Not everything I have to say is new. (In fact, I imagine that just about everything I’ve written is going to seem old to somebody.) However, a lot of what I write here are significant things in the realm of gaming. Today, I want to talk about an independently-made game I stumbled across awhile ago, an eight-year-old work-in-progress by the name of Cortex Command.
I ran across an interesting Internet phenomenon today: “Grow Games.” Before I knew it, 2 1/2 hours of my life were gone.
This solution video would rob you of the challenge if there was one.
The actual game design is simple: You have a number of objects. You use them in a certain order, you win. You use them in the wrong order, you lose. That’s really all there is to the game, but it’s made interesting because the game animates something every time you activate it.
So, how do you determine the right order? It involves keeping track of how many already-placed things “level up” when you place another – the goal is to “max” level everything. However, the few times you play, there’s no real way of knowing this, so you end up just keep screwing around with it. Because of this, I’d argue that these “Grow Games” are no games, under the definition that a player has to be meaningfully challenged to complete them.
That I spent 2 1/2 hours on three of them anyway is actually kind of interesting – I guess I’m a sucker for a cute animation. A full collection of Grow Games can be found at www.eyezmaze.com
An interesting tangent on a post I wrote up today lead to writing it into a Blog entry because, after all, truly interesting tangents are something I need more of around here.
Here’s the scenario: You’ve a player on your team who has powers that can benefit you (in MMORPG lingo we call this a “buff”) but he or she isn’t using them regularly. You feel shorted and disappointed this player isn’t granting you those buffs.
Not all related, here’s a nice screenshot of a certain City of Heroes task force to break the monotony. (Avoid clicking if you’re worried about spoilers.)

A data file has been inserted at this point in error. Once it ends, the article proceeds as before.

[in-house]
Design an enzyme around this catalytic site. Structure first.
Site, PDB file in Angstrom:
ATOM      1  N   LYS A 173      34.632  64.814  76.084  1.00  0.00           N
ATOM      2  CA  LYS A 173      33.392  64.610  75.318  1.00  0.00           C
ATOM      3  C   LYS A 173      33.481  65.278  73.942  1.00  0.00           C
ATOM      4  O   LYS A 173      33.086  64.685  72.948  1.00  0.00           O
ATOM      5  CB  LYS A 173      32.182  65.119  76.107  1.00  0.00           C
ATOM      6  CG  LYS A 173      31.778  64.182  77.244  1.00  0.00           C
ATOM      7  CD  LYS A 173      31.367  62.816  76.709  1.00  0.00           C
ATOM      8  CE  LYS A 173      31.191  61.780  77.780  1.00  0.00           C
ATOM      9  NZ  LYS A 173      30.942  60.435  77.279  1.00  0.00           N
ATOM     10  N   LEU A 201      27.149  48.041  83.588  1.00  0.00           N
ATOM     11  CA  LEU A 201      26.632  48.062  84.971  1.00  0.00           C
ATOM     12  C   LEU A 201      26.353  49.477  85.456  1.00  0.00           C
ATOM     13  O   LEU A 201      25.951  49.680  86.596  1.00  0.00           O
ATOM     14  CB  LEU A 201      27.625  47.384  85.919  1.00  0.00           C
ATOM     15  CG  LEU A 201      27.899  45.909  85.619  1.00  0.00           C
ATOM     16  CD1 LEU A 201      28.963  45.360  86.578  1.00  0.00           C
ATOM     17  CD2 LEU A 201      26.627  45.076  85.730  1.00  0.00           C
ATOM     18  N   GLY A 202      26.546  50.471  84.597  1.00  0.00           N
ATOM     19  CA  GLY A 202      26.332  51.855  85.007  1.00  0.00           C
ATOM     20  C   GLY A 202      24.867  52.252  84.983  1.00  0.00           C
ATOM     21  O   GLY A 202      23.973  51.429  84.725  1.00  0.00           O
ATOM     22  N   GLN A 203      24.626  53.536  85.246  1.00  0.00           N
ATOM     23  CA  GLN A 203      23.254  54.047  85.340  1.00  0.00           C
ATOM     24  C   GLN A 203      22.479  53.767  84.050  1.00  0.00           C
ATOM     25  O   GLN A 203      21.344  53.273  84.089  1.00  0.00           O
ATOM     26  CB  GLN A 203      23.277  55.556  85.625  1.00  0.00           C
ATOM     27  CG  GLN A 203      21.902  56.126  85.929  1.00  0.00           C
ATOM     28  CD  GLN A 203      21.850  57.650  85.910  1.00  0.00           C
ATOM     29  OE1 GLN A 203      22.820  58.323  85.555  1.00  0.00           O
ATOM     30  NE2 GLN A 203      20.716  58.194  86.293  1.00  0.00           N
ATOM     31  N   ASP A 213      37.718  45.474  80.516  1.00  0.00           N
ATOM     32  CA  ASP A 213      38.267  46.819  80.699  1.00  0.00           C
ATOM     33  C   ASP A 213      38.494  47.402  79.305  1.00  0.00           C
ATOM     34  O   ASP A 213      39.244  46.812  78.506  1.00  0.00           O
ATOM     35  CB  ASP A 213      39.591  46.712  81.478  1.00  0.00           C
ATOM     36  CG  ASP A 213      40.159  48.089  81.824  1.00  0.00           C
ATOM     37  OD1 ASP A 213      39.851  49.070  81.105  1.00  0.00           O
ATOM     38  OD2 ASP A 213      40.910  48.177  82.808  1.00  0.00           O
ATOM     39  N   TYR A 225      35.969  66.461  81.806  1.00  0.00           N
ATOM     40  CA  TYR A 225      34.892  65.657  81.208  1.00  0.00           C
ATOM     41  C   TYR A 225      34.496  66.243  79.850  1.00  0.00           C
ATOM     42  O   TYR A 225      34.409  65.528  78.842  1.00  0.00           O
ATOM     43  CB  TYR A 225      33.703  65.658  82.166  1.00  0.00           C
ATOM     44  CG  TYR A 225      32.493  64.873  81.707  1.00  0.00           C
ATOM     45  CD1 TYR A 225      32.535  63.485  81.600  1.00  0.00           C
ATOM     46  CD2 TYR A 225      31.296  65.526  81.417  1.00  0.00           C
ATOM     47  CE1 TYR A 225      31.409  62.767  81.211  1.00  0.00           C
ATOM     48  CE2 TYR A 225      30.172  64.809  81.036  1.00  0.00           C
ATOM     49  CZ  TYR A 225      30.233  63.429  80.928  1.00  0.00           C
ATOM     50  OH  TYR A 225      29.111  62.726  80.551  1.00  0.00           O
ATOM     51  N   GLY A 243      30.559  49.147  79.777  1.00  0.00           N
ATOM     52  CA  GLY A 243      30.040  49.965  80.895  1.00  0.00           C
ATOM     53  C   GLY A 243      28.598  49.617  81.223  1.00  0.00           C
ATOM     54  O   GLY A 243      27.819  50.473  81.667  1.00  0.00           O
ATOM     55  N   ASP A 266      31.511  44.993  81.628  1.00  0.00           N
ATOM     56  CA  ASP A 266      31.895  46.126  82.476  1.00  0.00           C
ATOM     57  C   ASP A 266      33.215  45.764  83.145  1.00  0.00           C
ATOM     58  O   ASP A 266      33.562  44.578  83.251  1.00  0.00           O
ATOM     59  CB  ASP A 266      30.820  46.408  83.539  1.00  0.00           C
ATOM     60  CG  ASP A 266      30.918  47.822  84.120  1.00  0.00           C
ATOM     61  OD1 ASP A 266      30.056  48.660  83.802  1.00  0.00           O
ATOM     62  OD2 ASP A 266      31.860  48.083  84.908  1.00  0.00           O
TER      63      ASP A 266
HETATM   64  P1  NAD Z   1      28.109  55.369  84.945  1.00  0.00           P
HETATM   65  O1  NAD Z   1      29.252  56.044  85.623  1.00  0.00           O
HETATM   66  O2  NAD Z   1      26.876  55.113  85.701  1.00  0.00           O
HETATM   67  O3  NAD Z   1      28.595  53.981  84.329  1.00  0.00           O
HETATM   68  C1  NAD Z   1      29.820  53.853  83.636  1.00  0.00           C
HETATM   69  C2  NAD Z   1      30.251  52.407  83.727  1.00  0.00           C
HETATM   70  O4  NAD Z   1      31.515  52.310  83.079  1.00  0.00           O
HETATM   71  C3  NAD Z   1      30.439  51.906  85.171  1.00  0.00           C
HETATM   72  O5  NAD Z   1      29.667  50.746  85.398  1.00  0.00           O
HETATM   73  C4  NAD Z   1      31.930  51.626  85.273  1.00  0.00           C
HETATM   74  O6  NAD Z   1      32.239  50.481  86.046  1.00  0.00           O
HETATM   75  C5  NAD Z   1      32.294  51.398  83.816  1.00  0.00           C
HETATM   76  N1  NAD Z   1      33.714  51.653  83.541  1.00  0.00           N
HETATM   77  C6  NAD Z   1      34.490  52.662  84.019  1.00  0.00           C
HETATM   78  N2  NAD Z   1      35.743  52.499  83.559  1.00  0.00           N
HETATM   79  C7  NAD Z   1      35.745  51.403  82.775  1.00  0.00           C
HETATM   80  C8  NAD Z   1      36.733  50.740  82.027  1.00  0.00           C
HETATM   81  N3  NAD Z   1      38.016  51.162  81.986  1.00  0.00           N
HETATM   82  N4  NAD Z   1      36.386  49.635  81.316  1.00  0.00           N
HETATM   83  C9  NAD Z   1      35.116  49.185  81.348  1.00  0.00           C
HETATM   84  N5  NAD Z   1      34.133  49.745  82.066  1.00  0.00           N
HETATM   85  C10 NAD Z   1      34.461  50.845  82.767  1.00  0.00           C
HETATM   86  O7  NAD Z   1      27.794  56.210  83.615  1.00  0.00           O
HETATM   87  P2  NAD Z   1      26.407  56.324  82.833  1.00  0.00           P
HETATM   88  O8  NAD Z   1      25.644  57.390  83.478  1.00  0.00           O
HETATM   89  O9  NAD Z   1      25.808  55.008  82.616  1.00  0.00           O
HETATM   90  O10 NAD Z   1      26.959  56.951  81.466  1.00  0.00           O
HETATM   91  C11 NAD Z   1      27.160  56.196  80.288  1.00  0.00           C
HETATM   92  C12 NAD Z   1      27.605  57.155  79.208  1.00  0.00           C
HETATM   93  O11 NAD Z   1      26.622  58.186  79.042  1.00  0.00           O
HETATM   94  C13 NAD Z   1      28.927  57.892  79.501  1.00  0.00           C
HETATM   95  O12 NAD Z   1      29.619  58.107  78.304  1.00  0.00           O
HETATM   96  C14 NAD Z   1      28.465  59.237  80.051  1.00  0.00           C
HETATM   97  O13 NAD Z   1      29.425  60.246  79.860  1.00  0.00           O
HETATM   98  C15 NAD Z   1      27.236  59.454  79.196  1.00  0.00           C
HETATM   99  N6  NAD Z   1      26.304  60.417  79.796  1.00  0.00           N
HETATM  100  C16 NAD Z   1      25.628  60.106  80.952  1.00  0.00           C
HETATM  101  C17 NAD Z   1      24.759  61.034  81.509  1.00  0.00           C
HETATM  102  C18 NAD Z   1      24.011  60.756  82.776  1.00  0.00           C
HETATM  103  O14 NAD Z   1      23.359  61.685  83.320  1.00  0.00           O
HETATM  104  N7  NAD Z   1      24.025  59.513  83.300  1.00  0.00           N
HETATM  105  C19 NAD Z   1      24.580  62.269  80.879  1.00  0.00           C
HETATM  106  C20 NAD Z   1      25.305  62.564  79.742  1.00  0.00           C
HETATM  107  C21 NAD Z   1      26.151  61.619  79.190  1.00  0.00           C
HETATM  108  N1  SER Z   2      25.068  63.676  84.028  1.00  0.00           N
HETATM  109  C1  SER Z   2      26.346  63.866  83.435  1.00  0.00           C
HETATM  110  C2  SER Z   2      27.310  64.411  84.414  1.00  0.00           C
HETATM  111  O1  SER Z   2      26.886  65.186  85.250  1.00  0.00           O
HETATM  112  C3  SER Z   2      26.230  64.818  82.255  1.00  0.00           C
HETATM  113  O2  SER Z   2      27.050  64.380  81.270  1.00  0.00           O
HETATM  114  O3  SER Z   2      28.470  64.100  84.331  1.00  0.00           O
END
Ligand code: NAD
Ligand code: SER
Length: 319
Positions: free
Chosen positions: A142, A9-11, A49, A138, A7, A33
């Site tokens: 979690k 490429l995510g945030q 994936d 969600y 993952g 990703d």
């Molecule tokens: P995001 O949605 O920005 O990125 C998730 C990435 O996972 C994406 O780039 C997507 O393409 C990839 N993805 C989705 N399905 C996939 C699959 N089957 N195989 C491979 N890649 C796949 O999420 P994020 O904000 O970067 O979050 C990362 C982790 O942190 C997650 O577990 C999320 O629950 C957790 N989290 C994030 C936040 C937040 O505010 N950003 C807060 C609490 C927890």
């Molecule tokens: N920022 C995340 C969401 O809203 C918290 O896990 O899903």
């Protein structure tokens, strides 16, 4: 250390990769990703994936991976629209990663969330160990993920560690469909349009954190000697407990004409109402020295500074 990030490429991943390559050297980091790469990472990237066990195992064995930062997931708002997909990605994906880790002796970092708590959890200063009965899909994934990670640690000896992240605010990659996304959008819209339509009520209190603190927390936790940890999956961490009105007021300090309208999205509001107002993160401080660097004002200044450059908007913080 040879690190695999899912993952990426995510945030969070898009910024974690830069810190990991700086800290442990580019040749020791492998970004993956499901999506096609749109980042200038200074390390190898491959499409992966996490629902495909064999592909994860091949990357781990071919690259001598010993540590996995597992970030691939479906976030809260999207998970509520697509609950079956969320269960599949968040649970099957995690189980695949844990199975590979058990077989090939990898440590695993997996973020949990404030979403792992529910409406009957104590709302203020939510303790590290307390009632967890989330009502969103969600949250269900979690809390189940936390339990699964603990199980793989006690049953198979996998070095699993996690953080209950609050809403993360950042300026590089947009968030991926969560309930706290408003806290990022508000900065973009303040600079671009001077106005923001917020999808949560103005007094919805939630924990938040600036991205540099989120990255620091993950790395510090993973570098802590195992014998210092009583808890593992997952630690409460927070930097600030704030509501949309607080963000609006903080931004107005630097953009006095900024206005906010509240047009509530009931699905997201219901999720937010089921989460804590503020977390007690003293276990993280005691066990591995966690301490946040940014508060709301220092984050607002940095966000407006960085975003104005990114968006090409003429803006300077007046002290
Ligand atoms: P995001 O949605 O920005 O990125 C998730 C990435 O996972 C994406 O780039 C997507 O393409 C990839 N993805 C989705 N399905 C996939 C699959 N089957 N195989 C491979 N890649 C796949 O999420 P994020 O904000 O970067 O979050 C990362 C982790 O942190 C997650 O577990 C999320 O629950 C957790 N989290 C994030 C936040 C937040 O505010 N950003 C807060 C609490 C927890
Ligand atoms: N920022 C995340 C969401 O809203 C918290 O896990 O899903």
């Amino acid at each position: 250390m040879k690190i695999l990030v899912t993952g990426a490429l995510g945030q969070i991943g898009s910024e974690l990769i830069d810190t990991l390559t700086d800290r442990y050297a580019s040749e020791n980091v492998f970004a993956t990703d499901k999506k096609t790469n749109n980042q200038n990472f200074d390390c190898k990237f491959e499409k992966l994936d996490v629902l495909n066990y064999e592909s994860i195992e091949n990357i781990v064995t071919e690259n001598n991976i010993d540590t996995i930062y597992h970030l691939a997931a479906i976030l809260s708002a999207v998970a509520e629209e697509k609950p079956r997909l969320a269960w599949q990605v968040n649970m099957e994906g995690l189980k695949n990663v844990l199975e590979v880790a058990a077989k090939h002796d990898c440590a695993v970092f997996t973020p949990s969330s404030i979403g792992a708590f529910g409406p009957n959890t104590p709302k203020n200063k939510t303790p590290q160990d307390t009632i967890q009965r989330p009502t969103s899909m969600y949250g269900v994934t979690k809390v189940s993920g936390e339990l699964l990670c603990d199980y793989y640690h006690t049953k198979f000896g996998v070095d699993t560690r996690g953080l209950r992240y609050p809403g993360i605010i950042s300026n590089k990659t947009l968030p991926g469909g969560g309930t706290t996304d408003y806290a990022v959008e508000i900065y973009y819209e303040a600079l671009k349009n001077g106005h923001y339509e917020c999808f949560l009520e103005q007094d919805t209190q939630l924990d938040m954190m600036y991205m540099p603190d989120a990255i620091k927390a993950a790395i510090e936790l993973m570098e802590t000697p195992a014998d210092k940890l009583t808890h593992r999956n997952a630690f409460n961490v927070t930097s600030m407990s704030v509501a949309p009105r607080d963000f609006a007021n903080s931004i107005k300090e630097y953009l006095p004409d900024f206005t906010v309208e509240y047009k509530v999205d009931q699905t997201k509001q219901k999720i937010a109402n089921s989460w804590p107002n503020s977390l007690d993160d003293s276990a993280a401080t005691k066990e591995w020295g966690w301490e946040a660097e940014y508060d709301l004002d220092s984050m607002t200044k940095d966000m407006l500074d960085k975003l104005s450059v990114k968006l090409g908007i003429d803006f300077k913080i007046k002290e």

It’s easy to call blame onto that player, but the reason you feel shorted is you believe that player is obligated to buff you just because they have this power set. That’s an injustice because you’re looking on that player as being the power set, and they’re not, they’re players who have their own will and ability to play.
Basically, working with skilled and diligent players is a privilege, not a right. You’re not paying them, so don’t be upset if they’re not doing their job to your satisfaction. It takes skill and willpower on behalf of the player to do a good job. So, the next time you’re getting healed well or buffed well, try thanking the player, and not the characters they play.
That said, I usually play my characters quite well because playing games is practically all I do sometimes. When I notice there’s players in my party who aren’t using all their given powers as well as I can, that hardly surprises me: Given the amount of time I’ve invested in the game I’m likely a much better player. I’m willing to cut them a little slack, perhaps offer them a few pointers, but I’m not going to cut into their enjoyment and mind getting upset that they’re not very good players.
This is just another way in which an MMORPG can be made less enjoyable through lack of understanding amongst players.
Lately, if I give my mind sufficient idle cycles, it may meander over to matters of social commentary in ways that only high gas prices and an upcoming presidential election can.
Considering how hopeless it would be to assume that a humble layman (let alone a computer game addict) such as myself could ever have any chance of understanding the U.S. political landscape, I instead have had fun with this thought instead: “What if we frame designing our societies in real life in much the same way as if were designing a MMORPG?”